Skip to comments."The Doctor Wasn't Cruel Enough" - How one physician escaped the panic over prescription drugs
Posted on 06/05/2006 6:58:32 PM PDT by neverdem
When Dr. Paul Heberle was arrested last April, dozens of chronic pain patients were left in agony. One of Heberle's patients called no fewer than 37 doctors seeking careall of whom refused to see him once he revealed the name of his prior provider. Finally, Robert Holmes, a 40-year-old man who suffers from a lung injury and requires supplemental oxygen to breathe, resorted to visiting a methadone clinic for drug addicts. He was turned away there, too. More than twenty others reported similar experiences at a meeting of patients affected by the arrest. Six would later attempt suicide.
For many patients, the situation was devastatingly familiar. Heberle had agreed to care for many of them after their previous physician was arrested and then convicted on some of the same charges that Heberle now faced: illegal prescribing of narcotics. That doctor, David Klees, got 12 to 24 years in prison. This time, however, the government would find it wasn't so easy to railroad a pain doctor.
In the last five yearssince a media panic over prescription drug abuse began with law-enforcement-driven reports of an "Oxycontin epidemic"dozens of doctors have been prosecuted for "overprescribing" painkillers. The Justice Department and the DEA have pushed this aggressive new campaign in the war on drugs.
Overwhelmingly, these cases have resulted in convictions with heavy prison termsor plea bargains with shorter sentences that nonetheless drove the doctors out of medicine. Advocates for pain patients report that, as a result, relief has been increasingly hard to find.
Fortunately, Heberle had an ally that Klees didn't: Siobhan Reynolds and her Pain Relief Network. As the DEA and local prosecutors went as far as creating a poster with Dr. Heberle's picture and the words "overprescribing controlled substances" and "Medicaid fraud" on it, Reynolds visited Erie, PA, to organize Heberle's patients and, for once, get their side of the story into the media.
Nearly all of the prior cases have followed a similar pattern. First, prosecutors blitz local media with reports of out-of-control prescription drug abuse problems and discuss the problem of "pill mills." Then, they swoop in with a SWAT team and arrest any doctor brave enough to actually treat chronic pain with doses of opioid medication large enough to work. They call him a "drug dealer" and "pusher with a pen."
Next, the prosecution brings out addicts for the cameras, who claim the doctor treated them without examining them and "caused" them to develop drug problemsbut they don't mention the addicts' motivation for cooperating. In virtually all of these cases, addicts are motivated by reduced or dropped sentences charges from prosecutors, or by the hope of suing the doctors who got them "hooked." Prosecutors also usually fail to note that for most of these addicts, this is far from their first run-in with drug problems or the law.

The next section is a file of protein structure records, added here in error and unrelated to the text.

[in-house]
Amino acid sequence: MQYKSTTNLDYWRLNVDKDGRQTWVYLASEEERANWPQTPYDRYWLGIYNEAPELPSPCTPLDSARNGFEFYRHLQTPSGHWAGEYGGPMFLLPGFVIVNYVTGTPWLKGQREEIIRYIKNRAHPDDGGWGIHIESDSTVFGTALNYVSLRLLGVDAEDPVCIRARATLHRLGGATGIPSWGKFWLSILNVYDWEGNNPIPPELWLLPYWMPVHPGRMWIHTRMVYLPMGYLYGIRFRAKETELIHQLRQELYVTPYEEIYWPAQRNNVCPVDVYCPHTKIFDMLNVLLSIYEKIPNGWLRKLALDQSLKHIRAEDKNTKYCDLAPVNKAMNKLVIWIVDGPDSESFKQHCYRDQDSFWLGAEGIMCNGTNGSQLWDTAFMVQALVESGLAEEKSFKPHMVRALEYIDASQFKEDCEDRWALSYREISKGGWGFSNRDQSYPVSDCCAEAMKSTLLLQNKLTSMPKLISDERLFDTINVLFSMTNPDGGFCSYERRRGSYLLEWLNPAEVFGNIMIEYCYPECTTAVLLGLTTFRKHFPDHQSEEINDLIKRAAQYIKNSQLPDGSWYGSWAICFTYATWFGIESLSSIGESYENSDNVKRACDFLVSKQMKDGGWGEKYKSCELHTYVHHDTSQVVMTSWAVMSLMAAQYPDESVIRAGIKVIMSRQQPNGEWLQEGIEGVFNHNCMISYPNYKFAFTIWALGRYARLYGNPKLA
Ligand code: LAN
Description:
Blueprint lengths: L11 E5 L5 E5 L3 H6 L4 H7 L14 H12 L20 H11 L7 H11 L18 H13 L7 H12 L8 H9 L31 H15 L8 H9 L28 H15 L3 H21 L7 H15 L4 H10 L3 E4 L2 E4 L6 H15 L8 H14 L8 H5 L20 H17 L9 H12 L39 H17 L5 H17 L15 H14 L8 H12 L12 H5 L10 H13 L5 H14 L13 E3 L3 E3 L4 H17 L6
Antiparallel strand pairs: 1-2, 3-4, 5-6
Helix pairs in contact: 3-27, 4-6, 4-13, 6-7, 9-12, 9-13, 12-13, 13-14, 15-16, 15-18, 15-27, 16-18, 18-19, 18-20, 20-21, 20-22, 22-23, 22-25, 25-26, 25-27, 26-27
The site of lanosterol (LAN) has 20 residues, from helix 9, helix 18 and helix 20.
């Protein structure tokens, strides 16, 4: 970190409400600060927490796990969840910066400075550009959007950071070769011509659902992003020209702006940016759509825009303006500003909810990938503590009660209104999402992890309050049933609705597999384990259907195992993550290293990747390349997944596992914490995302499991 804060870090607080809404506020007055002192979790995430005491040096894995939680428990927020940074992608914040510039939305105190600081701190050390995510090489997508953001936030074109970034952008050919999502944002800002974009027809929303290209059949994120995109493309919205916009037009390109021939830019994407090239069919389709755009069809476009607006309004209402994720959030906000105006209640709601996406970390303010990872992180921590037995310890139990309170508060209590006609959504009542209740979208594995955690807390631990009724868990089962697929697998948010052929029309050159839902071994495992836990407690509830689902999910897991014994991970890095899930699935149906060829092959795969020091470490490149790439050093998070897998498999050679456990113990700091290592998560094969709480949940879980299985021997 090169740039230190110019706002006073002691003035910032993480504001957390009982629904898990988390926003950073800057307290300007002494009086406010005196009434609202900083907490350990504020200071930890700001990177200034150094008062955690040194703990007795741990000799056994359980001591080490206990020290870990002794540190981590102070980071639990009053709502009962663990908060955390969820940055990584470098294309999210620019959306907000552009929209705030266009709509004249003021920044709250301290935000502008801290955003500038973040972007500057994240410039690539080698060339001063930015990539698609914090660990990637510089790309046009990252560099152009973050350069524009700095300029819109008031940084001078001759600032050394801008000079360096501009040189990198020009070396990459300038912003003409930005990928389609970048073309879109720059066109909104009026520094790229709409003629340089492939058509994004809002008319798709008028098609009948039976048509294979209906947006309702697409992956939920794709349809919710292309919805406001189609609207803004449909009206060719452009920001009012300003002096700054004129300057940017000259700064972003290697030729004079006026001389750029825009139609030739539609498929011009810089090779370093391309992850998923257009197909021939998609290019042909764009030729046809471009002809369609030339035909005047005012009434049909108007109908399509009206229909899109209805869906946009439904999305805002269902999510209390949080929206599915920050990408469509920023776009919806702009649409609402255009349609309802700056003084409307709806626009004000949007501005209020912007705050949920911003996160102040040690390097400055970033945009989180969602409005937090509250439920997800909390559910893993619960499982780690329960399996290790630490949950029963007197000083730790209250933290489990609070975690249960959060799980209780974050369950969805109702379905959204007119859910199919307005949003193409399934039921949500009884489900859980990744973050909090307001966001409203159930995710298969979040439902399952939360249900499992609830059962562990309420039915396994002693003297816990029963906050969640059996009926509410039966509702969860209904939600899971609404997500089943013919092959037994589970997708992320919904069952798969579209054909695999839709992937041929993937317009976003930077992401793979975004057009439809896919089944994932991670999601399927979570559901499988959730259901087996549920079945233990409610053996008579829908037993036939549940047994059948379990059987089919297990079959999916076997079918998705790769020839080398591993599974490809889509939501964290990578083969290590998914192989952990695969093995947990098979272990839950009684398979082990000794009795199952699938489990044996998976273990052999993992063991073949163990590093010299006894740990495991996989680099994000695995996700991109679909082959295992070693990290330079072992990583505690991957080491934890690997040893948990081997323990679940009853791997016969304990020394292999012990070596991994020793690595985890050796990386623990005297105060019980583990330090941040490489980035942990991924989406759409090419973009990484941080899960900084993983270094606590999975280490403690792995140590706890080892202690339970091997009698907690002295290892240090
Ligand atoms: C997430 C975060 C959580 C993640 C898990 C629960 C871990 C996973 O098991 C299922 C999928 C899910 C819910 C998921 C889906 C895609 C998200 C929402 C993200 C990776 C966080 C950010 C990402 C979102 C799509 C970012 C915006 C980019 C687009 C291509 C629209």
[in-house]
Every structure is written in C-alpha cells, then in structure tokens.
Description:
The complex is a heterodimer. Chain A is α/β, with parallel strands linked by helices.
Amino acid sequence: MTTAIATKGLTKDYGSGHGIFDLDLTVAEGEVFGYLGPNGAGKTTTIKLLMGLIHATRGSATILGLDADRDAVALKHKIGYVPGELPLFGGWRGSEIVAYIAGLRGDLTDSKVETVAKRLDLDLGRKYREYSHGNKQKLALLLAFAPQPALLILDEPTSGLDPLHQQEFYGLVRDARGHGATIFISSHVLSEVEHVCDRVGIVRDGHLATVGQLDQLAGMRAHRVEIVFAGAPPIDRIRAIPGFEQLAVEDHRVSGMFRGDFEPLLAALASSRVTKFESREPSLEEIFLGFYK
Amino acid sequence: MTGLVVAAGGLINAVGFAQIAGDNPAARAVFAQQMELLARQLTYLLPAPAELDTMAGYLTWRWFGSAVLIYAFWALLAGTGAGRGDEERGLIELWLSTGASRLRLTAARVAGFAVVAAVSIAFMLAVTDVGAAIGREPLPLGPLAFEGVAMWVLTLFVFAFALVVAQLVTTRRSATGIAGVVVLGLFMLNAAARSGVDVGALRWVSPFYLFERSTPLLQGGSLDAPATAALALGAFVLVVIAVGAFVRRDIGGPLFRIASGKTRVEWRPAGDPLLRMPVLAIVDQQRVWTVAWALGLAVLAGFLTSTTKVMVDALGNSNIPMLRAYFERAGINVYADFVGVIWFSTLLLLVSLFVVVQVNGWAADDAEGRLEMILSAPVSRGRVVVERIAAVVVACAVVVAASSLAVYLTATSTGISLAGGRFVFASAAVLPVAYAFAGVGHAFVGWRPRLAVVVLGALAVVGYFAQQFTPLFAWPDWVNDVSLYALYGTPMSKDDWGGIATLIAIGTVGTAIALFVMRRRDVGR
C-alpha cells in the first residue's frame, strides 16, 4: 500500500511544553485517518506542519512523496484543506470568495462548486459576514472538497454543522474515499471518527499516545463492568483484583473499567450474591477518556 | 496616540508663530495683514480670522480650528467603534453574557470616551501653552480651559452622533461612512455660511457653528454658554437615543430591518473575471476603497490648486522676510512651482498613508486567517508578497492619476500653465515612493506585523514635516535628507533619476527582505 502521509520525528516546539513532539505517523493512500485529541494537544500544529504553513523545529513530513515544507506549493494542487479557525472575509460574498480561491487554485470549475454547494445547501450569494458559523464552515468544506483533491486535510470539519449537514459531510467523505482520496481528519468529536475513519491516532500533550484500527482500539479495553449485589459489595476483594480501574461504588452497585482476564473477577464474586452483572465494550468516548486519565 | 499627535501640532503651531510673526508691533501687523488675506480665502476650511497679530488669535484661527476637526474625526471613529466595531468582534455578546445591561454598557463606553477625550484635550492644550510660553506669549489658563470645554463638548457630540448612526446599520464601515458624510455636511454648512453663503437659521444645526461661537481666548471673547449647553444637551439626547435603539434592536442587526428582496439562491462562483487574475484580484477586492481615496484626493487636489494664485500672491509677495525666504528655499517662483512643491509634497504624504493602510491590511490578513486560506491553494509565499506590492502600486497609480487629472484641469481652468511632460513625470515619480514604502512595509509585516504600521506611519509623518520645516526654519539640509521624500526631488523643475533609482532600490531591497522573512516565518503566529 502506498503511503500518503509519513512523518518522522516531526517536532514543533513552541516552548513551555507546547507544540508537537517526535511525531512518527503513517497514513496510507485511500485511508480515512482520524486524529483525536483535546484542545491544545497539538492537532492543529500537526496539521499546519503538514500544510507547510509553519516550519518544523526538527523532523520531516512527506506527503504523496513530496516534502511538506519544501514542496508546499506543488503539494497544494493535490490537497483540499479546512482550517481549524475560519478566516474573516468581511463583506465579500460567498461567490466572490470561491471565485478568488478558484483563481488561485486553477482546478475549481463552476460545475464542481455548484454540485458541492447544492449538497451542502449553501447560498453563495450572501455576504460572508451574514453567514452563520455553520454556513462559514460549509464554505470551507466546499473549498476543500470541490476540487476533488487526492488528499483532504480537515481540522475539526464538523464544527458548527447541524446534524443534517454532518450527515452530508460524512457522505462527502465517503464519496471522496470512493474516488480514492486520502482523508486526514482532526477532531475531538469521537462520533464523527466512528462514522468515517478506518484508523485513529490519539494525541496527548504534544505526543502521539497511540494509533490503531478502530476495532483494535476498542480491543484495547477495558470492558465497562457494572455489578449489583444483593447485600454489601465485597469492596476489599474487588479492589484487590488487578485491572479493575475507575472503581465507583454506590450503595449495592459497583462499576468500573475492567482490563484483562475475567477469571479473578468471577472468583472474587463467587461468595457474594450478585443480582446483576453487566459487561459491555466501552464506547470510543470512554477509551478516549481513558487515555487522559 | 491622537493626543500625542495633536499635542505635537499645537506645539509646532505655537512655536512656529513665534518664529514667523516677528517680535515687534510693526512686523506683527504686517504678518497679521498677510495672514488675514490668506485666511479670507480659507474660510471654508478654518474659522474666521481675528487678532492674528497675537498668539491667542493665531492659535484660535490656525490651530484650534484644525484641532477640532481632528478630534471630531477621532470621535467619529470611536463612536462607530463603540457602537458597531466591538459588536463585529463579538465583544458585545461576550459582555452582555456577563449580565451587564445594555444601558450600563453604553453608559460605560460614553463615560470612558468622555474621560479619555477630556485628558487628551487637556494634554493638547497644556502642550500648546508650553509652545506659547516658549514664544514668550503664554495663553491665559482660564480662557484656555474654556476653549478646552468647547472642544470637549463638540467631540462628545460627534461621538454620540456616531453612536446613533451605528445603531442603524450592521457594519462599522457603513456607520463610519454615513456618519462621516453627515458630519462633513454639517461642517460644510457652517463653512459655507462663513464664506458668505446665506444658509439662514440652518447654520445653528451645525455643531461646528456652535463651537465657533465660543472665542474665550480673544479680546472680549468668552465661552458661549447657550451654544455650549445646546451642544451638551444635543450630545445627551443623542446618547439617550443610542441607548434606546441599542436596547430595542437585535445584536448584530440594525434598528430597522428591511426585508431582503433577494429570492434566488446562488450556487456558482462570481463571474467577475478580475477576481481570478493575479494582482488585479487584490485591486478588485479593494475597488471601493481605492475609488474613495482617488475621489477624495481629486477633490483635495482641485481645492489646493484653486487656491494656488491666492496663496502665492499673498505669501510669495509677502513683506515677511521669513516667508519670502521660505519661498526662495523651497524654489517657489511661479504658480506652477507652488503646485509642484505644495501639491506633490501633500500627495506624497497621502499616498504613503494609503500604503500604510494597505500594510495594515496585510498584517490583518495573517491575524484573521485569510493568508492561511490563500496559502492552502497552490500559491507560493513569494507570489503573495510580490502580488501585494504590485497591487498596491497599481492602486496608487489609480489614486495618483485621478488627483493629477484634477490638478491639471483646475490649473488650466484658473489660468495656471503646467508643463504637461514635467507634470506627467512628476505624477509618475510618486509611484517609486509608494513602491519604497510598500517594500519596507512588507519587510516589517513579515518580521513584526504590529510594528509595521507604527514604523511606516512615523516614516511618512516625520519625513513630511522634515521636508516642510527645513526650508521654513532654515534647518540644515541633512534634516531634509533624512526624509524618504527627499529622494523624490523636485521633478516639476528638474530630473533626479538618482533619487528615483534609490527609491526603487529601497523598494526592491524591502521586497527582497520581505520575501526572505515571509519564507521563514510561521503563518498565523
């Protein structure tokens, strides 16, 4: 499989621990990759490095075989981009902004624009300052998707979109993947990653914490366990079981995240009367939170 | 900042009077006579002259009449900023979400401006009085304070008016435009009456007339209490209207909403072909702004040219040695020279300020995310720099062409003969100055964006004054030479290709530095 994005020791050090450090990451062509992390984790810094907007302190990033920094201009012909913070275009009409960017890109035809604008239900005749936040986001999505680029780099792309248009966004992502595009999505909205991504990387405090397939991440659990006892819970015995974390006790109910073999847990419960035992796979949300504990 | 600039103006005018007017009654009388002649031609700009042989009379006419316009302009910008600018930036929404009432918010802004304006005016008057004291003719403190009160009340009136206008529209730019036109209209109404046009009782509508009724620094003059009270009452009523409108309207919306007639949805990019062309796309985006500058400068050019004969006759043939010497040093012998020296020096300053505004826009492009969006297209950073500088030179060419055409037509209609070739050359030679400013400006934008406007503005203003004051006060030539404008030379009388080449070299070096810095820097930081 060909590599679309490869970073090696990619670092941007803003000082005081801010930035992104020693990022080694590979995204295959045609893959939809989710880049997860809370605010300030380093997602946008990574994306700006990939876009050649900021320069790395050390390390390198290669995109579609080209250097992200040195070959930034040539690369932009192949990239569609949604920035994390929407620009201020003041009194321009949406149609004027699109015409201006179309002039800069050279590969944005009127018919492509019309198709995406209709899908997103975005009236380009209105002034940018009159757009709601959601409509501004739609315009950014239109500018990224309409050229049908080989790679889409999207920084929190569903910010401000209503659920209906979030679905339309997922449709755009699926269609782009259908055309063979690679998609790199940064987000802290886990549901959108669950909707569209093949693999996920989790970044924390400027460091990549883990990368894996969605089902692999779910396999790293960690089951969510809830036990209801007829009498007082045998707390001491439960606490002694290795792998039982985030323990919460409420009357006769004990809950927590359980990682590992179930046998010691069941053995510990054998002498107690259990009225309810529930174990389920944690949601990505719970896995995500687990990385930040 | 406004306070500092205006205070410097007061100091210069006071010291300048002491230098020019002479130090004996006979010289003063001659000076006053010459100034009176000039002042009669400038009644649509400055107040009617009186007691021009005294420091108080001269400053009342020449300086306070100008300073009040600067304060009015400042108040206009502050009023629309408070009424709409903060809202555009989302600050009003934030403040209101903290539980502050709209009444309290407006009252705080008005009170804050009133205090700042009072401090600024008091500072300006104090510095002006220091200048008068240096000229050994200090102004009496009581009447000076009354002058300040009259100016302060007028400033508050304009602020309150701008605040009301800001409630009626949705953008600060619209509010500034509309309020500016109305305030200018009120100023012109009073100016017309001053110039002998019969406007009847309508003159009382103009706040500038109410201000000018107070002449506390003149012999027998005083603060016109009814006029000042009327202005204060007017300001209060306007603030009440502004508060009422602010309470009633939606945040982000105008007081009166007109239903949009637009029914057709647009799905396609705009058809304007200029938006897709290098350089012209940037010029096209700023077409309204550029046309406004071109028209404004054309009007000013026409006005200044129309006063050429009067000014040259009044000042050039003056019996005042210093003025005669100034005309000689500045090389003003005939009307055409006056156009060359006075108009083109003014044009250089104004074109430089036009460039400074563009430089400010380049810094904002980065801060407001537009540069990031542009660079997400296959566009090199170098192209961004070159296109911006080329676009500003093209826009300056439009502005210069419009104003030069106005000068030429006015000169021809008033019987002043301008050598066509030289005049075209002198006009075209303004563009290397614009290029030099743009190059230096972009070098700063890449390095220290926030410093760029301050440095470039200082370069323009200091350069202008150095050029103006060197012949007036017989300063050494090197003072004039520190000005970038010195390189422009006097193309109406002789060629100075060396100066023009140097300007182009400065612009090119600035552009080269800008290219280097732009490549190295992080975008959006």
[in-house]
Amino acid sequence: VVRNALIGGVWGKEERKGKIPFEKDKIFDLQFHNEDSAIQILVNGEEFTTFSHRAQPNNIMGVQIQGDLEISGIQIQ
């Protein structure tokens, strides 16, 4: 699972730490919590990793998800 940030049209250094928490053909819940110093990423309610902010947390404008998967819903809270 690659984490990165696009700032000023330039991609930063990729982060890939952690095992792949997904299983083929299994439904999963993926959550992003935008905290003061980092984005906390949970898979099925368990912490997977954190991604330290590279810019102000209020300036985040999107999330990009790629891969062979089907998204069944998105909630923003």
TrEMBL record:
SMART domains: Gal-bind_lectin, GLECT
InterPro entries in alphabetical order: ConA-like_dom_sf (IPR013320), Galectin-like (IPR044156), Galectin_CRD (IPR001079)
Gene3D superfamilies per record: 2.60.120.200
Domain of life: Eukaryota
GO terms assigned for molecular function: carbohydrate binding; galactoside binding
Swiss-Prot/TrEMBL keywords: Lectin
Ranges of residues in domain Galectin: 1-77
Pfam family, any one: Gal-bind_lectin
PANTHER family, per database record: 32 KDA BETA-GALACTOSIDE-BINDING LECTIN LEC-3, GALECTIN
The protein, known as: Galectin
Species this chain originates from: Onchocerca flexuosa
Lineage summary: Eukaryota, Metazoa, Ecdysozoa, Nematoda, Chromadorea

At some point, however, the government team brings out its most devastating weapon: weeping relatives of patients who have died while under the doctor's care. Reporters are rarely keen to grill the grieving, so their stories tend to stress the prosecution's talking points rather than the fact that these deaths are virtually always either deliberate suicides or overdoses resulting from deliberate misuse of prescription medication. In the Heberle case, the death that started the investigation involved someone who had eaten a patch meant to be worn on the skinthus immediately ingesting three days-worth of drugs.
Usually, the media buy the tale of evil substances and vile physician-pushers. But Reynolds offered a more compelling alternative narrative. She brought the suffering patients into the media eye. Rather than telling the tale of an evil drug-dealing doctor who brings down the poor addict, she and the patients provided another version of the story, in which the wonderful healer allows his grateful patients to functionuntil the cops drag him away.
And in fact, Reynolds' account is more accurate. Some 90 percent of people who abuse Oxycontin also have histories of using cocaine and psychedelic drugs. Were most of these people innocent "victims" of evil doctors? Isn't it more likely that they were prior heavy drug users who sought additional drugs and, because there's no objective way of measuring pain, were able to get them from compassionate doctors? Aren't doctors who do believe people's accounts of pain exactly the ones we want in practice?
In the Heberle case, one prosecution expert told the Erie Times-News that the doctor was:
prescribing painkillers to patients with documented prior substance-abuse problems and/or mental impairment.
The paper didn't note that there is nothing illegal about this. Nor did the reporter seem to realize that there's something profoundly sick about assuming that people who are mentally impaired or have a history of drug problems never need strong pain medication.
Fortunately, in the Heberle case, the jury didn't buy the lies. Heberle made no profit from the prescriptions he wrote; he was a former addict himself who was monitored for abstinence. What possible reason could such a person have for deliberately supplying addicts? The only sensible way to see him was as a caring physician, who, like anyone else, does not have a "pain-o-meter" or fool-proof lie detection device in his head or office.
The defense presented expert testimony that laid out the complexities of pain treatment. Although the prosecution essentially put on a malpractice caserepresenting violations of the standard of care as criminal when they actually are civil violationsthe defense beat them back. Their cross examination of a prosecution witness who claimed that certain opioids should only be used for cancer pain was especially effective. The defense simply exhibited a small practice guide which shows that the medications are recommended for other pain as well.
Also effective was the defense expert, Frank Fisher, MD, one of the few physicians to be exonerated after being prosecuted for over-prescribing. He called the prosecution "a crime against humanity," and in conjunction with the defense team, debunked the idea that cutting off pain medication to people with past or even present addictions does anything to help them.